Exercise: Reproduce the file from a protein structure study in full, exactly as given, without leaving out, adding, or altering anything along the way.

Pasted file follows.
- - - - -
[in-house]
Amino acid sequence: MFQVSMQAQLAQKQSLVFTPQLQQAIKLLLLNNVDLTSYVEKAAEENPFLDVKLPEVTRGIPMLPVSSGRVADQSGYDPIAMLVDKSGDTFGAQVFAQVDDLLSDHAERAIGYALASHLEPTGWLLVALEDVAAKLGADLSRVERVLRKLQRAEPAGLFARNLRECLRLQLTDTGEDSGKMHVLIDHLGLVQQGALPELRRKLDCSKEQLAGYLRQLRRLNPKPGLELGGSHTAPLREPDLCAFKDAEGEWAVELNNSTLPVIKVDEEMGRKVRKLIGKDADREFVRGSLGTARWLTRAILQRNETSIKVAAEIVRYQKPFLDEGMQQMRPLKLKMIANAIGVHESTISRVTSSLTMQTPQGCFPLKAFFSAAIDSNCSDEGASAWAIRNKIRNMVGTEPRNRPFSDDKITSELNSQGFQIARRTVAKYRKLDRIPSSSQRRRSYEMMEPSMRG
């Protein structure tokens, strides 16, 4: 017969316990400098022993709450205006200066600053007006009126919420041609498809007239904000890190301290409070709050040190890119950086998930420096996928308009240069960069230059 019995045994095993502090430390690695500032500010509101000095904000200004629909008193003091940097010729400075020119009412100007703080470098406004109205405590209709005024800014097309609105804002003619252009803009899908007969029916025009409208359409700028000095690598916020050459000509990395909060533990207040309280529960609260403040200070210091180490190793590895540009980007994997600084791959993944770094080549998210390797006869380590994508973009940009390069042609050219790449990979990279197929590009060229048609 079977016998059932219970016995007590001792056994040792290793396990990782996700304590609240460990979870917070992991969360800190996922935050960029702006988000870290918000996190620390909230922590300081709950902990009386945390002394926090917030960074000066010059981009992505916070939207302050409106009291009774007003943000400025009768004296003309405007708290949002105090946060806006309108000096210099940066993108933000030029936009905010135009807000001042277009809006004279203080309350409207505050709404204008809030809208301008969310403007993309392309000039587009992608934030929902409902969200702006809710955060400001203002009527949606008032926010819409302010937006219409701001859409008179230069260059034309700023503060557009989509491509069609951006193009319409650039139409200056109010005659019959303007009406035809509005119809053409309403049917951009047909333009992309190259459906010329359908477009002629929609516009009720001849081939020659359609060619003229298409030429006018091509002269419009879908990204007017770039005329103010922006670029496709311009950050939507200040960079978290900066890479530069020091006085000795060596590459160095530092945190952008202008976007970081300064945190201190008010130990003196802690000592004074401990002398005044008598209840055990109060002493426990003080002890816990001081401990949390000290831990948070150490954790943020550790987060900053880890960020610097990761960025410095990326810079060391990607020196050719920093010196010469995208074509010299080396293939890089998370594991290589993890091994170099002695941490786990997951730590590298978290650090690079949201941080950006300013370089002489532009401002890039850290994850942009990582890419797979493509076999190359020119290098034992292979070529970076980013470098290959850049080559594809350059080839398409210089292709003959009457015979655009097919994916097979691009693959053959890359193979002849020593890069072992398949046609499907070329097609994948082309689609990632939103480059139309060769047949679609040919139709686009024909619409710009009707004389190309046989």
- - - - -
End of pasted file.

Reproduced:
[in-house]
Amino acid sequence: MFQVSMQAQLAQKQSLVFTPQLQQAIKLLLLNNVDLTSYVEKAAEENPFLDVKLPEVTRGIPMLPVSSGRVADQSGYDPIAMLVDKSGDTFGAQVFAQVDDLLSDHAERAIGYALASHLEPTGWLLVALEDVAAKLGADLSRVERVLRKLQRAEPAGLFARNLRECLRLQLTDTGEDSGKMHVLIDHLGLVQQGALPELRRKLDCSKEQLAGYLRQLRRLNPKPGLELGGSHTAPLREPDLCAFKDAEGEWAVELNNSTLPVIKVDEEMGRKVRKLIGKDADREFVRGSLGTARWLTRAILQRNETSIKVAAEIVRYQKPFLDEGMQQMRPLKLKMIANAIGVHESTISRVTSSLTMQTPQGCFPLKAFFSAAIDSNCSDEGASAWAIRNKIRNMVGTEPRNRPFSDDKITSELNSQGFQIARRTVAKYRKLDRIPSSSQRRRSYEMMEPSMRG
């Protein structure tokens, strides 16, 4: 017969316990400098022993709450205006200066600053007006009126919420041609498809007239904000890190301290409070709050040190890119950086998930420096996928308009240069960069230059 019995045994095993502090430390690695500032500010509101000095904000200004629909008193003091940097010729400075020119009412100007703080470098406004109205405590209709005024800014097309609105804002003619252009803009899908007969029916025009409208359409700028000095690598916020050459000509990395909060533990207040309280529960609260403040200070210091180490190793590895540009980007994997600084791959993944770094080549998210390797006869380590994508973009940009390069042609050219790449990979990279197929590009060229048609 079977016998059932219970016995007590001792056994040792290793396990990782996700304590609240460990979870917070992991969360800190996922935050960029702006988000870290918000996190620390909230922590300081709950902990009386945390002394926090917030960074000066010059981009992505916070939207302050409106009291009774007003943000400025009768004296003309405007708290949002105090946060806006309108000096210099940066993108933000030029936009905010135009807000001042277009809006004279203080309350409207505050709404204008809030809208301008969310403007993309392309000039587009992608934030929902409902969200702006809710955060400001203002009527949606008032926010819409302010937006219409701001859409008179230069260059034309700023503060557009989509491509069609951006193009319409650039139409200056109010005659019959303007009406035809509005119809053409309403049917951009047909333009992309190259459906010329359908477009002629929609516009009720001849081939020659359609060619003229298409030429006018091509002269419009879908990204007017770039005329103010922006670029496709311009950050939507200040960079978290900066890479530069020091006085000795060596590459160095530092945190952008202008976007970081300064945190201190008010130990003196802690000592004074401990002398005044008598209840055990109060002493426990003080002890816990001081401990949390000290831990948070150490954790943020550790987060900053880890960020610097990761960025410095990326810079060391990607020196050719920093010196010469995208074509010299080396293939890089998370594991290589993890091994170099002695941490786990997951730590590298978290650090690079949201941080950006300013370089002489532009401002890039850290994850942009990582890419797979493509076999190359020119290098034992292979070529970076980013470098290959850049080559594809350059080839398409210089292709003959009457015979655009097919994916097979691009693959053959890359193979002849020593890069072992398949046609499907070329097609994948082309689609990632939103480059139309060769047949679609040919139709686009024909619409710009009707004389190309046989």